Notwithstanding efforts to alleviate cash flow struggles, including suspension of common stock distributions, divesting certain mining operations and otherwise downsizing, the debtors say that they have been “unable to overcome the pressures placed on their profit margins from steadily declining coal prices (along with burdensome regulations and the accompanying decline in demand for coal), all of which have contributed to the Debtors’ substantial negative cash flow.” The Covid-19 pandemic has also hampered the debtors’ operations, requiring the idling of many operations for an extended amount of time.
The debtors are represented by Frost Brown Todd as counsel and Energy Ventures Analysis Inc. as financial advisor (which replaced Rhino’s prior investment banker Evercore on July 17). The company is also working with Whiteford, Taylor & Preston and FTI Consulting. Thomas Fairfield of Cambio Group is the chief restructuring officer. The jointly administered case number is 20-12043 (the Hopedale Mining LLC case). The case has been assigned to Judge Guy R. Humphrey.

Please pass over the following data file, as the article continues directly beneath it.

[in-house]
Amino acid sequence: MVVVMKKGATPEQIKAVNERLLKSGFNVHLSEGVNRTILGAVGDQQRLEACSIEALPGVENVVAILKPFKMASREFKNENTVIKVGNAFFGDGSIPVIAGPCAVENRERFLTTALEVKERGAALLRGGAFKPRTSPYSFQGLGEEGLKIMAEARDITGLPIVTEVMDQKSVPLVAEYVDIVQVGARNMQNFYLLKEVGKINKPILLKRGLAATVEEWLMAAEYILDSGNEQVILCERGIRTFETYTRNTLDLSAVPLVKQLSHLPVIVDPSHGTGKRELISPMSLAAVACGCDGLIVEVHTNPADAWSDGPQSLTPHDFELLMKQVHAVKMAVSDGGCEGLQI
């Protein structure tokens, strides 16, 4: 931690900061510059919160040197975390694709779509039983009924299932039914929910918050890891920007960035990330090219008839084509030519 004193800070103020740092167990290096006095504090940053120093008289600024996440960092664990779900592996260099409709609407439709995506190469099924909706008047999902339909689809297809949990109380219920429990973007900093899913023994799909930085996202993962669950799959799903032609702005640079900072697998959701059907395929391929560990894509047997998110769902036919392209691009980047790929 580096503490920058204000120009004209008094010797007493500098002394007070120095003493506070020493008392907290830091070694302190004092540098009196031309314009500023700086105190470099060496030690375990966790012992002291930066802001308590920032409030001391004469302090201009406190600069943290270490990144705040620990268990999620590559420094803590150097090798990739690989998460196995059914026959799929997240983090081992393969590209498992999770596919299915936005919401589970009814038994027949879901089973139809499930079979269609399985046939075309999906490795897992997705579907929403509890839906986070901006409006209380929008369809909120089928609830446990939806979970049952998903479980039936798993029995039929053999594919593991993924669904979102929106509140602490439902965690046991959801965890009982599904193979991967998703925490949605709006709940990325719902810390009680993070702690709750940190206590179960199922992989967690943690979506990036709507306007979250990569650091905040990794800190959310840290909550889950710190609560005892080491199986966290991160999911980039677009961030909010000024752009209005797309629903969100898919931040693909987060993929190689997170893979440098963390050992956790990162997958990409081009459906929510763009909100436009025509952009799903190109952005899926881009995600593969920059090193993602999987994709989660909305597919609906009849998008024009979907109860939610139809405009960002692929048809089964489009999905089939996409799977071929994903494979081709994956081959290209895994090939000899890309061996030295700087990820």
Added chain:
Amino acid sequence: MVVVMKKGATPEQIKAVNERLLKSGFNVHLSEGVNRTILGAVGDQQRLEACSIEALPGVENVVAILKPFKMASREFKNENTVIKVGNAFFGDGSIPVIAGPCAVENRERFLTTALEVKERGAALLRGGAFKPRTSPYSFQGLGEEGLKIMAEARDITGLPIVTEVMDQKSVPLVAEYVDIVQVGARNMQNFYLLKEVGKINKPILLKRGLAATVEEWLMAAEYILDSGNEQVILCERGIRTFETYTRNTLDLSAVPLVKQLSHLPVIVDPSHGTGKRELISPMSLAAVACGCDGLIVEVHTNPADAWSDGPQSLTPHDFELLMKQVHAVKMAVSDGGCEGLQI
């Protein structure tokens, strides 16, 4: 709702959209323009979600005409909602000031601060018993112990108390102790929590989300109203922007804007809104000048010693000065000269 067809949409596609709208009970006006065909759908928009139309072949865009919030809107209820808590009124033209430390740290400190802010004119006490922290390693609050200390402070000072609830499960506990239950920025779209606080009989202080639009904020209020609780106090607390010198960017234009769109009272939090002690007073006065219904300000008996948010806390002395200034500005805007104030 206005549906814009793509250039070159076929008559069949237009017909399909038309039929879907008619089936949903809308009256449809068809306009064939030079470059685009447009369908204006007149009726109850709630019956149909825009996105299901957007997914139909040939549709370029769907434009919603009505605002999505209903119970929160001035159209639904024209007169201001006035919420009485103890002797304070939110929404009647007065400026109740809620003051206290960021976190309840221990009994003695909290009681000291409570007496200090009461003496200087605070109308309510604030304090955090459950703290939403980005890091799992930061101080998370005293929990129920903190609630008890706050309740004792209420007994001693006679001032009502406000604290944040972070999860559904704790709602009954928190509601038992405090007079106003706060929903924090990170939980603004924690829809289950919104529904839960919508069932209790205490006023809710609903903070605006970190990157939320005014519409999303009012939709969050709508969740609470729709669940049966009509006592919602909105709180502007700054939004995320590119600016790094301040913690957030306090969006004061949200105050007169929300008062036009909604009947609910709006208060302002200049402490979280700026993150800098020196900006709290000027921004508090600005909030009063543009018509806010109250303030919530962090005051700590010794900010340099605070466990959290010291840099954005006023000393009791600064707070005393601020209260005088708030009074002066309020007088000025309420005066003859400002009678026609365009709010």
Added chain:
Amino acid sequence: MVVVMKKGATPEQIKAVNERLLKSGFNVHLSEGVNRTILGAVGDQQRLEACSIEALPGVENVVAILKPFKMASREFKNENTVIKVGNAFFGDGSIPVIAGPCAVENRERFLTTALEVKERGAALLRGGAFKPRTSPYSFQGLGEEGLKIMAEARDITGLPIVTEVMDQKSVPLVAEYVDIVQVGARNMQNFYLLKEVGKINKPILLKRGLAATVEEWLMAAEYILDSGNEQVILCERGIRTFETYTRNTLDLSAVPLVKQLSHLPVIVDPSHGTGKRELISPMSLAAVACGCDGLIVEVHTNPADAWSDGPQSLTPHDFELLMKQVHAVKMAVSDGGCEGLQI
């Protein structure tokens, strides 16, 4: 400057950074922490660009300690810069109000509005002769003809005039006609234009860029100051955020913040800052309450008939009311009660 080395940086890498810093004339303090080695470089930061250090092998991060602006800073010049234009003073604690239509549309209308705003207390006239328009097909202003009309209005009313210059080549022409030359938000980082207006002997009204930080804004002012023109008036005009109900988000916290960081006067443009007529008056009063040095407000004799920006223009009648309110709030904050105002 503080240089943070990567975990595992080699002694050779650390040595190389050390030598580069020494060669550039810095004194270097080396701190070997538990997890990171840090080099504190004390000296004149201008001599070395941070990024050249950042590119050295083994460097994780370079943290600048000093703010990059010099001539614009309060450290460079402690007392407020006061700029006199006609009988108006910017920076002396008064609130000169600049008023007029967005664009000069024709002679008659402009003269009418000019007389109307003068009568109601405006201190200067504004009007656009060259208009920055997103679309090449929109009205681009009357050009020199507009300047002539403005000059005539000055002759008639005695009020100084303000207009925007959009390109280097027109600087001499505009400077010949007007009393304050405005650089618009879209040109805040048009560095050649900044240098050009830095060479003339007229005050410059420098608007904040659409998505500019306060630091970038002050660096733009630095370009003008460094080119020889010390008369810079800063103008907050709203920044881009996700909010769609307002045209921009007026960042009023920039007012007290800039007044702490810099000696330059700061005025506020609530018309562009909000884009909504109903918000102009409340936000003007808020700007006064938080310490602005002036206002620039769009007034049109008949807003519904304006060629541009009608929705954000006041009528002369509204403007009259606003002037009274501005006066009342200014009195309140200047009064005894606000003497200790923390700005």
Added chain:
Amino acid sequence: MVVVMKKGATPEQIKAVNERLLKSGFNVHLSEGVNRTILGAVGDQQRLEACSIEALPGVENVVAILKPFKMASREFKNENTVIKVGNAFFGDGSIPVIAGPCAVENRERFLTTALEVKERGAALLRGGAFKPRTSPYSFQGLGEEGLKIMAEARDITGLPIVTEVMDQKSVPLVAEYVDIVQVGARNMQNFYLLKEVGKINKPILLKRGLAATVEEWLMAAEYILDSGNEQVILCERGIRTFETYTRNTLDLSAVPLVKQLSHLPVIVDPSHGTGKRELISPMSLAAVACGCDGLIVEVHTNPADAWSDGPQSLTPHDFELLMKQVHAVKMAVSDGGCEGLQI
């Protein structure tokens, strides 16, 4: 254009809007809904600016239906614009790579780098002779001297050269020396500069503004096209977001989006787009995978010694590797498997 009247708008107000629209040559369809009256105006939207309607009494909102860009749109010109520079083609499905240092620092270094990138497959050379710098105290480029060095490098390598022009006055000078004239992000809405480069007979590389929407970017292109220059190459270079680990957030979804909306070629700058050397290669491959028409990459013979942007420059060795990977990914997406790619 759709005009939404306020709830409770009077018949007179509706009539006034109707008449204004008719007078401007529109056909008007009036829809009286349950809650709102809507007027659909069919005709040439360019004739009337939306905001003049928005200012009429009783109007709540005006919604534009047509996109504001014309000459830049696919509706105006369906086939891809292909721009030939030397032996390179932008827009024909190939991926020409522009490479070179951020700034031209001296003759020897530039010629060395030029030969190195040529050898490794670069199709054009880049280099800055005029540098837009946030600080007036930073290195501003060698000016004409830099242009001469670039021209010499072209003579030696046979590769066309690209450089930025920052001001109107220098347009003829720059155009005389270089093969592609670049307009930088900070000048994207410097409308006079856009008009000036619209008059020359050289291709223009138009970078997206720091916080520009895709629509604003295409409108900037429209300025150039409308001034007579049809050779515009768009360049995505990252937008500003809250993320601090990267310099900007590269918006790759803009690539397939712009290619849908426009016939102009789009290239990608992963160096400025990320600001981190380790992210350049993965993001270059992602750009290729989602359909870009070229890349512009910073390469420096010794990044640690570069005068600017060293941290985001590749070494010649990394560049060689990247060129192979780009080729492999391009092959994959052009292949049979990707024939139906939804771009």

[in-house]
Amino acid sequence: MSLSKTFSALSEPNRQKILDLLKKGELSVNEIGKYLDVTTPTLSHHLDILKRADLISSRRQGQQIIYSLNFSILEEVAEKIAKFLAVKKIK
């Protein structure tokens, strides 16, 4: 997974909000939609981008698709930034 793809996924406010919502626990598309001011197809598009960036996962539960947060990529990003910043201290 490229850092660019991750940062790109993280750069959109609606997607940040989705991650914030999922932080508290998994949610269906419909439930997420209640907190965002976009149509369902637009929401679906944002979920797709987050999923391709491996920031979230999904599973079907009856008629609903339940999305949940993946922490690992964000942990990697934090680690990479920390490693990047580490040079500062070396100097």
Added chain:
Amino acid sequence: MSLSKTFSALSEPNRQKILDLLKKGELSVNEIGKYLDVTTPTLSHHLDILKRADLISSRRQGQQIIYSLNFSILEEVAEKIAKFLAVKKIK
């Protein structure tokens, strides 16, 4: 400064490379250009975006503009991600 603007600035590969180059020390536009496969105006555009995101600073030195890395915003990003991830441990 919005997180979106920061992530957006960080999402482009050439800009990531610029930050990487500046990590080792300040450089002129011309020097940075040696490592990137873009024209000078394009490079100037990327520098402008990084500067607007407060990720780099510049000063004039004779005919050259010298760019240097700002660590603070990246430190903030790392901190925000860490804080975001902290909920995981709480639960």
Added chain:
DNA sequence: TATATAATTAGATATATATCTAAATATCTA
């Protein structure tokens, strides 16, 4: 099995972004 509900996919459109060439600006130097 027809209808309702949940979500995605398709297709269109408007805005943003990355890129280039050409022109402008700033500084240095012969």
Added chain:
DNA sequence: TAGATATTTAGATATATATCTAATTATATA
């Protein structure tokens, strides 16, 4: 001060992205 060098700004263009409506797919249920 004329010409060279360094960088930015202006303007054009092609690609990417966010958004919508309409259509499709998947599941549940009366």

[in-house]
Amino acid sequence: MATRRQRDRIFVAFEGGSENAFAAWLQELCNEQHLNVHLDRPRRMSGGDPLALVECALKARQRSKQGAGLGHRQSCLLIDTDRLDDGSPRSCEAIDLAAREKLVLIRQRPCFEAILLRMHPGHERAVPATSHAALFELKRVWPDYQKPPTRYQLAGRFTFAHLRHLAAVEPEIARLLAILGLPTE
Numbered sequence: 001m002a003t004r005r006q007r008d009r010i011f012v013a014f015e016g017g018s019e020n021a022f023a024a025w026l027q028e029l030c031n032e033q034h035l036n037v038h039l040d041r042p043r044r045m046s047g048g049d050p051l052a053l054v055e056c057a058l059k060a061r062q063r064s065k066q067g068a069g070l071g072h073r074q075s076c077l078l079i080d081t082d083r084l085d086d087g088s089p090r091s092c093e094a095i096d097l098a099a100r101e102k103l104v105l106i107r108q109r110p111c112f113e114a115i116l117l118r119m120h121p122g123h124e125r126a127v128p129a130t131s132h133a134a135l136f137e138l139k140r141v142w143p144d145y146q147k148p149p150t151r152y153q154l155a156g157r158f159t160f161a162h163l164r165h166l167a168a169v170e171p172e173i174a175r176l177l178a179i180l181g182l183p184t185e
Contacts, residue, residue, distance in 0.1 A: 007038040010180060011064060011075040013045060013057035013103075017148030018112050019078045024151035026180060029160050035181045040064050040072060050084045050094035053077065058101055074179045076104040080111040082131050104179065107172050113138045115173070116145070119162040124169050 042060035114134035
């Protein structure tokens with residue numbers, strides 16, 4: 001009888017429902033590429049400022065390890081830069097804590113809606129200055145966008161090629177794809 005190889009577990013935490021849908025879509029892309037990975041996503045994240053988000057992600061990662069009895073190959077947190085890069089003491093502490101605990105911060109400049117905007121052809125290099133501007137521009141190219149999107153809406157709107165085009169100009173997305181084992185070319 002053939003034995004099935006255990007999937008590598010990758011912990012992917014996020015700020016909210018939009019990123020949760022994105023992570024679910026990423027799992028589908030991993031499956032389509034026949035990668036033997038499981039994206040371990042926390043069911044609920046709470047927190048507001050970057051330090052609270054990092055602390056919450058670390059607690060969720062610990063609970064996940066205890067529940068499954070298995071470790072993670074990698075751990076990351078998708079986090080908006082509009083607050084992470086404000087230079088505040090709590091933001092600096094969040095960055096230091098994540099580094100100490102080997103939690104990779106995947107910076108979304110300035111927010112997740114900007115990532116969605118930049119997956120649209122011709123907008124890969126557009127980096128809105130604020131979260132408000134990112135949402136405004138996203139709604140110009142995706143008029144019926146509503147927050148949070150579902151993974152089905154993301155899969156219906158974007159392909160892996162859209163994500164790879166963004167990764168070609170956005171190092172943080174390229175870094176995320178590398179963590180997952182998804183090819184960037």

Rhino produces and processes steam coal (also known as thermal coal), which it sells primarily to electric utility companies, and metallurgical coal, which it sells primarily to the steel production industry. For the year ended Dec. 31, 2019, the debtors produced approximately 3.2 million tons of coal, of which they sold approximately 3 million tons. The debtors have 547 employees.
The company characterizes its asset base as geographically diverse, with coal reserves located in Central Appalachia, Northern Appalachia, the Illinois Basin and the Western Bituminous region. As of Dec. 31, 2019, the debtors controlled an estimated 277.6 million tons of proven and probable coal reserves, consisting of an estimated 171.1 million tons of steam coal and an estimated 106.5 million tons of metallurgical coal. In addition, as of Dec. 31, 2019, the debtors controlled an estimated 190.7 million tons of non-reserve coal deposits. The debtors operate underground and surface mines in Kentucky, Ohio, Virginia, West Virginia and Utah. A map of the debtors’ operations appears below: